Scientists unveil first tetherless hopping robot

Currently, the hopper can maintain its balance for roughly seven seconds, or about 19 hops.
By Brooks Hays  |  Oct. 6, 2016 at 12:10 PM
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PITTSBURGH, Oct. 6 (UPI) -- A team of engineers with Disney Research have designed and built the first tetherless hopping robot, capable of bouncing on a single leg without an external power source.

The robot's range of movement -- bouncing on a single leg -- limits its usefulness in the real world, but researchers believe untethering the robot will allow the battery-powered mechanism to be more easily incorporated into more complex robotic systems. Scientists say the single bouncing piston-like leg can be combined to form multi-leg robots.

For researchers at the Pittsburgh outpost of Disney Research, the tetherless robot was mostly a proof-of-concept exercise. The goal wasn't to build a robot for a specific task, but to focus on the software and structural design that allows a lightweight, battery-powered hopper to maintain its balance.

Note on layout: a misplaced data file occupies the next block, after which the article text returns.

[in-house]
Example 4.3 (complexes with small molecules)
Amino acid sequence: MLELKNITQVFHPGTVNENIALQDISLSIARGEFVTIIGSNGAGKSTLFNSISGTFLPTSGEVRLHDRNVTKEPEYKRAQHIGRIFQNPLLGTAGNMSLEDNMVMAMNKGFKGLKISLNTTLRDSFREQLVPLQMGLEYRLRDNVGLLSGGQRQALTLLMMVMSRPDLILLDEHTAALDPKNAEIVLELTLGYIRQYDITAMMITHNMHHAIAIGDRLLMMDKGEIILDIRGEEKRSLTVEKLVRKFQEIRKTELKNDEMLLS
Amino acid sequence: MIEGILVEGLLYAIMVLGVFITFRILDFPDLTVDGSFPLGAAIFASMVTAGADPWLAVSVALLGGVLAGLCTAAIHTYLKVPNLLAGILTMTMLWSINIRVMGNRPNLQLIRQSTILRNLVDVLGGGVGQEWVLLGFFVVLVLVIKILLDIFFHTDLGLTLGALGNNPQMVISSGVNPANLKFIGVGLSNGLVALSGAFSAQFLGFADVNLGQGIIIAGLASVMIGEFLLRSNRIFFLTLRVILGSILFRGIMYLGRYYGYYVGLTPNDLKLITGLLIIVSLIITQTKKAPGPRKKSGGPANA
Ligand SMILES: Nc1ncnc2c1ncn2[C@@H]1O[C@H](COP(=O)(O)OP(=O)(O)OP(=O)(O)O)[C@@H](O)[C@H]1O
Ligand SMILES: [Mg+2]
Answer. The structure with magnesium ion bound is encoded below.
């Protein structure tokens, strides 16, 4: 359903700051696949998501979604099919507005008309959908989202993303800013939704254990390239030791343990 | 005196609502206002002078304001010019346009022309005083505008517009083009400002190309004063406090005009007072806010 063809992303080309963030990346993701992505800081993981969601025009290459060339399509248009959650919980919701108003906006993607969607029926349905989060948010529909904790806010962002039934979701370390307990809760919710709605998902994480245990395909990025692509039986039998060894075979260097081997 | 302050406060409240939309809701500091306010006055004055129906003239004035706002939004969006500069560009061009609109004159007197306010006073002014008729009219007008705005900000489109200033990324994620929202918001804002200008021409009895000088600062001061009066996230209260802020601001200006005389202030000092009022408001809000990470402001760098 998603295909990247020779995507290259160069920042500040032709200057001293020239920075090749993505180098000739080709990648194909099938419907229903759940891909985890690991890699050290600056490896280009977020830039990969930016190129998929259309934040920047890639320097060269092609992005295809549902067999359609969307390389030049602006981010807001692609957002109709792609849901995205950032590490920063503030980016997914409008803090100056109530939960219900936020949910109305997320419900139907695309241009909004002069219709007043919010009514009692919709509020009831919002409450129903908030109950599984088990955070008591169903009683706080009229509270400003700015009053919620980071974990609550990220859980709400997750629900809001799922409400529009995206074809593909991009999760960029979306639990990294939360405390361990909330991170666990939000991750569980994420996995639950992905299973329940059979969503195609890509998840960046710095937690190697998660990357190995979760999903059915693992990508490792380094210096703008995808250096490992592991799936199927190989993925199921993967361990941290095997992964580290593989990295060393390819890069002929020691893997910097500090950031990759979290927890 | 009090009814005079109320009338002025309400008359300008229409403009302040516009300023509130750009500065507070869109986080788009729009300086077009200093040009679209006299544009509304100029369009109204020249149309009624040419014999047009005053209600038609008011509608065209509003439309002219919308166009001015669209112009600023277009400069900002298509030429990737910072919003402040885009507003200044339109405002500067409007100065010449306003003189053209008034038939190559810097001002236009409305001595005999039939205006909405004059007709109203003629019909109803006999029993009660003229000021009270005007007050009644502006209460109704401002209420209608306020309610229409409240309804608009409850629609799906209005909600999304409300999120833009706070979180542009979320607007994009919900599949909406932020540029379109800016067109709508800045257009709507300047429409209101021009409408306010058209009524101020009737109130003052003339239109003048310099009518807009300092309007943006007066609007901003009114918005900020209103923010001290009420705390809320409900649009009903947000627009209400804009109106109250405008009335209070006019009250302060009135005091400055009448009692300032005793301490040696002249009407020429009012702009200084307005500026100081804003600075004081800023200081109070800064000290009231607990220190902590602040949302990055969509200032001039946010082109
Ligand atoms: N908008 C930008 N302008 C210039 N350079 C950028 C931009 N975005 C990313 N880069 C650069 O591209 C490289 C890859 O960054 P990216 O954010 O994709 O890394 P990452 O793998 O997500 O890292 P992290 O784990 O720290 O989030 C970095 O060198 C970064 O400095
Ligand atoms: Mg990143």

The end result is a Pogo stick-like robot measuring roughly a foot tall and weighing less than five pounds. Currently, the hopper can maintain its balance for roughly seven seconds, or about 19 hops. Researchers believe an upgrade to its computing power could allow the bot to hop for longer.

Most hopping robots rely on hydraulic power, which requires a motor. A new type of actuator allowed scientists at Disney to power their system using only battery power. The linear elastic actuator in parallel, or LEAP, takes its cues from a loudspeaker. Like the driver that amplifies a speaker's voice, the hopper's highly efficient actuator uses two compression springs.

Sensors on the robot's torso help the robot adjust the leg's angle on each new hop, allowing the hopper to maintain its balance.

The robot's designers are in Tokyo this week to present their bot at the International Symposium of Experimental Robotics, ISER 2016.

"While we fell short of our goal of continuous, indefinite hopping, we showed that such a gait is possible for an untethered robot for short periods of time," researchers wrote in a paper describing their work. "In the future ... we plan to redesign the LEAP mechanism to be more modular and compact for use in a multi-legged robot."

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